Q When is a rooflight not a rooflight?

A When it’s not in a roof

See what you think of this one – we’re not sure what to make of it here. An inspector has denied a lawful development certificate for a rooflight to a basement underneath the garden of a house in central London on the basis that it would not be in the roof and would therefore not constitute permitted development (DCS Number 400-013-551).

Both parties agreed that there is no definition of “roof” either within the GPDO or its Technical Guidance. The appellant obtained counsel’s opinion to support his stance that the works would be undertaken to the roof. Counsel noted that the Oxford English Dictionary definition of the word “roof” is:- “The external upper covering of a house or other building; the framing structure on top of a building supporting this”. He suggested that the soil above the basement could properly be described as the “external upper covering” of the basement and questioned what the roof would comprise if not the soil above.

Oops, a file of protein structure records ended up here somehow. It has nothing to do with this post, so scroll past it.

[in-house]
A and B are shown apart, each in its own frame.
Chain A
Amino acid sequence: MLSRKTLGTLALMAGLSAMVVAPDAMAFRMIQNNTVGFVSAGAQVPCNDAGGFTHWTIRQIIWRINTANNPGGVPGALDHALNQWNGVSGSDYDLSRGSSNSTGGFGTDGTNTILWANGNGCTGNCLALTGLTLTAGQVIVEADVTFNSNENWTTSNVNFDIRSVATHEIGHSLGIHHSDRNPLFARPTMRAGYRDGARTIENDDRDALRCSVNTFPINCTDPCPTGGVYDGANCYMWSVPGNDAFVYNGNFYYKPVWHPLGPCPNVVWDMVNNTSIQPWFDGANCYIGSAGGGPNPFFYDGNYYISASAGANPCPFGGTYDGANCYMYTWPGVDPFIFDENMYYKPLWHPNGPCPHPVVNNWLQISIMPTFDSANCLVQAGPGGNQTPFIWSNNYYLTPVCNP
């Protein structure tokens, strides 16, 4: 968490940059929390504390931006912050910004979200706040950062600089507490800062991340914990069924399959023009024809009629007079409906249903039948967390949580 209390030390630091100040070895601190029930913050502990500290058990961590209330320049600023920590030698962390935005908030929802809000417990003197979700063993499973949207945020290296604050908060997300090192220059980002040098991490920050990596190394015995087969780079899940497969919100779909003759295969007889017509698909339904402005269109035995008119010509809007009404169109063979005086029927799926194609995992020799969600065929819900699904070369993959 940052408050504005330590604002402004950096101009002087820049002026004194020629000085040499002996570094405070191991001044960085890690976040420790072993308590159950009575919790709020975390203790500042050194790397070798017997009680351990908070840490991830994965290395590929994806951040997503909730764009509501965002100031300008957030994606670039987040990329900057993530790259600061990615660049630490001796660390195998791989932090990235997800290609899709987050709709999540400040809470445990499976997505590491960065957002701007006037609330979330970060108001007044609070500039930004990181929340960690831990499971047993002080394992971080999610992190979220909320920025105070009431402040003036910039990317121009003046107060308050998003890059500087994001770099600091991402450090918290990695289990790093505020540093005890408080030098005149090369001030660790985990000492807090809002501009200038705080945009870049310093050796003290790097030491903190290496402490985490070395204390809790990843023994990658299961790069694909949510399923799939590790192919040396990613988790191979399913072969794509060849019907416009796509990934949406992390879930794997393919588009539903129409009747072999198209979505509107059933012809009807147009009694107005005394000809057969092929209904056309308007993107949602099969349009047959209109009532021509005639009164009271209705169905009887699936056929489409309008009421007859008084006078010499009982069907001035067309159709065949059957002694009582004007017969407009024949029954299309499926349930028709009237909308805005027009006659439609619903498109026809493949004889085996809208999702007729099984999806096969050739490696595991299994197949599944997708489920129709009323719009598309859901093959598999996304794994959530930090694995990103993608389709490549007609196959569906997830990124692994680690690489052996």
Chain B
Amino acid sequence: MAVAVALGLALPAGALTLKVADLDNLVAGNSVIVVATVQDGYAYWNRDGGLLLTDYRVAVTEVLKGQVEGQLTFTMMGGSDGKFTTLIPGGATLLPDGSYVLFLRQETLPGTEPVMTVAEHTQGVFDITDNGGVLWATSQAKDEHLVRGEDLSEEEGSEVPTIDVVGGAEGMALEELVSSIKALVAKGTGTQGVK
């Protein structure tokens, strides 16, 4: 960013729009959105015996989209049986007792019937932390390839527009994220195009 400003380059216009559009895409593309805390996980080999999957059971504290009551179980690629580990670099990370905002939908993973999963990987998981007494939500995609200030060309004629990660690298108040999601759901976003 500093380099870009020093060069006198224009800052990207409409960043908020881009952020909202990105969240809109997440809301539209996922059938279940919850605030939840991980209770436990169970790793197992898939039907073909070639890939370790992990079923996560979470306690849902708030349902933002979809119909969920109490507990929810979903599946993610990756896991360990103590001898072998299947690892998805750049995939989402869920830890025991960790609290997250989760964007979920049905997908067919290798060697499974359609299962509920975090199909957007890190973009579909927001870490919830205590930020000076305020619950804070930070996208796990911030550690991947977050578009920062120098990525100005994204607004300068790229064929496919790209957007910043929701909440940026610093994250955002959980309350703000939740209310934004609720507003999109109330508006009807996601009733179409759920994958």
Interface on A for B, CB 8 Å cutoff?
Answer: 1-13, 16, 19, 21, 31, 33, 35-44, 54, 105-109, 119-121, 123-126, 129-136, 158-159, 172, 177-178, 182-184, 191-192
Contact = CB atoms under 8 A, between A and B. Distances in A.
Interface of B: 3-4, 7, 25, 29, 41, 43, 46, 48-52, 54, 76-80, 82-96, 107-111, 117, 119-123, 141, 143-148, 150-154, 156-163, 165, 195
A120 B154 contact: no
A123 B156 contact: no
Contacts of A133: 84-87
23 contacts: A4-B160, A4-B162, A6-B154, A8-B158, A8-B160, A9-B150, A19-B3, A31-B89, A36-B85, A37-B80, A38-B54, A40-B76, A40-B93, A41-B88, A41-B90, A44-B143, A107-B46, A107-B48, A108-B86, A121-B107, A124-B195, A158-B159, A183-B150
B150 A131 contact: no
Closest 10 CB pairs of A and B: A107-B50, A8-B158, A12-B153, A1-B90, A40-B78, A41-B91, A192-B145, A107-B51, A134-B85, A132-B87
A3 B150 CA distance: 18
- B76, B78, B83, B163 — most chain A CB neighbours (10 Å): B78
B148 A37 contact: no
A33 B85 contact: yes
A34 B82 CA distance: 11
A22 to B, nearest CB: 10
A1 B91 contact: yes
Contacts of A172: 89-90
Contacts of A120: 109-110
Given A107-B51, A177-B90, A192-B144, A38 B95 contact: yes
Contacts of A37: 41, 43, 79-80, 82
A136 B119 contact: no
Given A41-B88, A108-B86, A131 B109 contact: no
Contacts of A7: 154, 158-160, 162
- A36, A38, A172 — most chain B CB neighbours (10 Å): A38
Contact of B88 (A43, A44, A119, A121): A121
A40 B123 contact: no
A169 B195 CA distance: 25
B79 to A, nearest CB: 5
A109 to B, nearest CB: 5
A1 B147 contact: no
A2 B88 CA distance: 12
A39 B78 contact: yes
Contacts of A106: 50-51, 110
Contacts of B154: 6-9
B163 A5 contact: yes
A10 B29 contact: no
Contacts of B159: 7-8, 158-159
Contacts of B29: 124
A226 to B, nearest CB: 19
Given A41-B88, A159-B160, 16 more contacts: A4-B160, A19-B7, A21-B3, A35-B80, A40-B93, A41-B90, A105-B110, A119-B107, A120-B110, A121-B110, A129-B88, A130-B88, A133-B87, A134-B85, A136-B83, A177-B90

The inspector, however, reasoned that a basement will very often not have any external roof. She observed that around one metre of soil separated the basement from the air space above. She acknowledged that a building could have an earth roof, and many forms of conventional roof coverings will typically exceed one metre in height, but noted that the soil did not form any structure above the basement. Rather, it was merely a deep layer of earth which so happened to now have a basement beneath. It followed, she concluded, that Class C of Part 1 of Schedule 2 to the GPDO did not apply; the council’s refusal to grant a certificate of lawful development in respect of the “installation of a fixed rooflight to basement” was well-founded and the appeal should fail.

The following DCP section is relevant: 12.41

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